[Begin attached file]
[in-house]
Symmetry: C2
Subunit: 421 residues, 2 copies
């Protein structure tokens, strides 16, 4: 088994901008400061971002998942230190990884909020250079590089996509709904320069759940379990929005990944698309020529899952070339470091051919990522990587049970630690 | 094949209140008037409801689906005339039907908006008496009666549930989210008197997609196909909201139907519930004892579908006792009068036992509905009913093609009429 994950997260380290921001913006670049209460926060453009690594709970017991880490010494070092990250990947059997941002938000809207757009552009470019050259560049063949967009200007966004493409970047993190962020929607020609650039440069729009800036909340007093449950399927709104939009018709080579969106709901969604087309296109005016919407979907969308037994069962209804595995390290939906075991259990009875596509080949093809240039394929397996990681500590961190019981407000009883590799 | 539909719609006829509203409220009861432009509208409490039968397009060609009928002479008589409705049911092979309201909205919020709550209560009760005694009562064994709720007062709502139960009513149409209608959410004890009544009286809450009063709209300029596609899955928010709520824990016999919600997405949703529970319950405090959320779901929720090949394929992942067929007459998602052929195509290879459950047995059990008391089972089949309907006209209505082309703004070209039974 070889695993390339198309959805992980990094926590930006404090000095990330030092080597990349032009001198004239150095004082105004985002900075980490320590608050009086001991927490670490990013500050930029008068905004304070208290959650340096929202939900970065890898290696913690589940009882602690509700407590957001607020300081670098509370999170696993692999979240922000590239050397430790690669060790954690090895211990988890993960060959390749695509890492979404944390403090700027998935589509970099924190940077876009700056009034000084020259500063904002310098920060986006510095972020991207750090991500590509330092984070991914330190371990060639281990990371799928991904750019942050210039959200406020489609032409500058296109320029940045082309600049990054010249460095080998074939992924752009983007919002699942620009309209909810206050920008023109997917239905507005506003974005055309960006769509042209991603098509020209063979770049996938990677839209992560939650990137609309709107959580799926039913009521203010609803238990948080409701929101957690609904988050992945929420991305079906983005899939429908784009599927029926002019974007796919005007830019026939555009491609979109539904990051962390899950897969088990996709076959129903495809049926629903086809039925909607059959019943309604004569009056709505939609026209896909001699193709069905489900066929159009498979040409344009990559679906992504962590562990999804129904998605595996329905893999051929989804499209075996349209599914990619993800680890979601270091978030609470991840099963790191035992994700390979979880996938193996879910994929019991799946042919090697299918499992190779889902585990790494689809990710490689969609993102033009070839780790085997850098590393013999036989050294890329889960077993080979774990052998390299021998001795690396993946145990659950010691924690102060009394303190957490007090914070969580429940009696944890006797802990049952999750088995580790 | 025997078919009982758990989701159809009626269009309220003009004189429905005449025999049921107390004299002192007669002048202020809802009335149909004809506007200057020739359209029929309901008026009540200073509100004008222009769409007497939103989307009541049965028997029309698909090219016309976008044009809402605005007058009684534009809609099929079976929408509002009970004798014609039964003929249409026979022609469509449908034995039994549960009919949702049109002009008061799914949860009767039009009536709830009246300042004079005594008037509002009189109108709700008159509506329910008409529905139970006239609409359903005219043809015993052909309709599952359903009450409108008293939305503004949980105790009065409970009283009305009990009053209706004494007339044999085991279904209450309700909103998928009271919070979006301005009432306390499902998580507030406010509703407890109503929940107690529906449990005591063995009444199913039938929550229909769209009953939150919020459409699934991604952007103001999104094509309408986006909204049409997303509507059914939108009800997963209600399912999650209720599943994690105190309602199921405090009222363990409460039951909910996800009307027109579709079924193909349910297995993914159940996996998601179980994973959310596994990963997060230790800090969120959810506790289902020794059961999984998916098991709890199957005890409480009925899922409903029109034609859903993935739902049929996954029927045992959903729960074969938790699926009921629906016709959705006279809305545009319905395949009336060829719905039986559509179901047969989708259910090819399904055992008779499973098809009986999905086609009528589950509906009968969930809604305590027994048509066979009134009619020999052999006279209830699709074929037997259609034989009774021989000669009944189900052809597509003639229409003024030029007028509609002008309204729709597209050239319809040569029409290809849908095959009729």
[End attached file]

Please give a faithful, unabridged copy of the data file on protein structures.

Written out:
[in-house]
Symmetry: C2
Subunit: 421 residues, 2 copies
């Protein structure tokens, strides 16, 4: 088994901008400061971002998942230190990884909020250079590089996509709904320069759940379990929005990944698309020529899952070339470091051919990522990587049970630690 | 094949209140008037409801689906005339039907908006008496009666549930989210008197997609196909909201139907519930004892579908006792009068036992509905009913093609009429 994950997260380290921001913006670049209460926060453009690594709970017991880490010494070092990250990947059997941002938000809207757009552009470019050259560049063949967009200007966004493409970047993190962020929607020609650039440069729009800036909340007093449950399927709104939009018709080579969106709901969604087309296109005016919407979907969308037994069962209804595995390290939906075991259990009875596509080949093809240039394929397996990681500590961190019981407000009883590799 | 539909719609006829509203409220009861432009509208409490039968397009060609009928002479008589409705049911092979309201909205919020709550209560009760005694009562064994709720007062709502139960009513149409209608959410004890009544009286809450009063709209300029596609899955928010709520824990016999919600997405949703529970319950405090959320779901929720090949394929992942067929007459998602052929195509290879459950047995059990008391089972089949309907006209209505082309703004070209039974 070889695993390339198309959805992980990094926590930006404090000095990330030092080597990349032009001198004239150095004082105004985002900075980490320590608050009086001991927490670490990013500050930029008068905004304070208290959650340096929202939900970065890898290696913690589940009882602690509700407590957001607020300081670098509370999170696993692999979240922000590239050397430790690669060790954690090895211990988890993960060959390749695509890492979404944390403090700027998935589509970099924190940077876009700056009034000084020259500063904002310098920060986006510095972020991207750090991500590509330092984070991914330190371990060639281990990371799928991904750019942050210039959200406020489609032409500058296109320029940045082309600049990054010249460095080998074939992924752009983007919002699942620009309209909810206050920008023109997917239905507005506003974005055309960006769509042209991603098509020209063979770049996938990677839209992560939650990137609309709107959580799926039913009521203010609803238990948080409701929101957690609904988050992945929420991305079906983005899939429908784009599927029926002019974007796919005007830019026939555009491609979109539904990051962390899950897969088990996709076959129903495809049926629903086809039925909607059959019943309604004569009056709505939609026209896909001699193709069905489900066929159009498979040409344009990559679906992504962590562990999804129904998605595996329905893999051929989804499209075996349209599914990619993800680890979601270091978030609470991840099963790191035992994700390979979880996938193996879910994929019991799946042919090697299918499992190779889902585990790494689809990710490689969609993102033009070839780790085997850098590393013999036989050294890329889960077993080979774990052998390299021998001795690396993946145990659950010691924690102060009394303190957490007090914070969580429940009696944890006797802990049952999750088995580790 | 025997078919009982758990989701159809009626269009309220003009004189429905005449025999049921107390004299002192007669002048202020809802009335149909004809506007200057020739359209029929309901008026009540200073509100004008222009769409007497939103989307009541049965028997029309698909090219016309976008044009809402605005007058009684534009809609099929079976929408509002009970004798014609039964003929249409026979022609469509449908034995039994549960009919949702049109002009008061799914949860009767039009009536709830009246300042004079005594008037509002009189109108709700008159509506329910008409529905139970006239609409359903005219043809015993052909309709599952359903009450409108008293939305503004949980105790009065409970009283009305009990009053209706004494007339044999085991279904209450309700909103998928009271919070979006301005009432306390499902998580507030406010509703407890109503929940107690529906449990005591063995009444199913039938929550229909769209009953939150919020459409699934991604952007103001999104094509309408986006909204049409997303509507059914939108009800997963209600399912999650209720599943994690105190309602199921405090009222363990409460039951909910996800009307027109579709079924193909349910297995993914159940996996998601179980994973959310596994990963997060230790800090969120959810506790289902020794059961999984998916098991709890199957005890409480009925899922409903029109034609859903993935739902049929996954029927045992959903729960074969938790699926009921629906016709959705006279809305545009319905395949009336060829719905039986559509179901047969989708259910090819399904055992008779499973098809009986999905086609009528589950509906009968969930809604305590027994048509066979009134009619020999052999006279209830699709074929037997259609034989009774021989000669009944189900052809597509003639229409003024030029007028509609002008309204729709597209050239319809040569029409290809849908095959009729």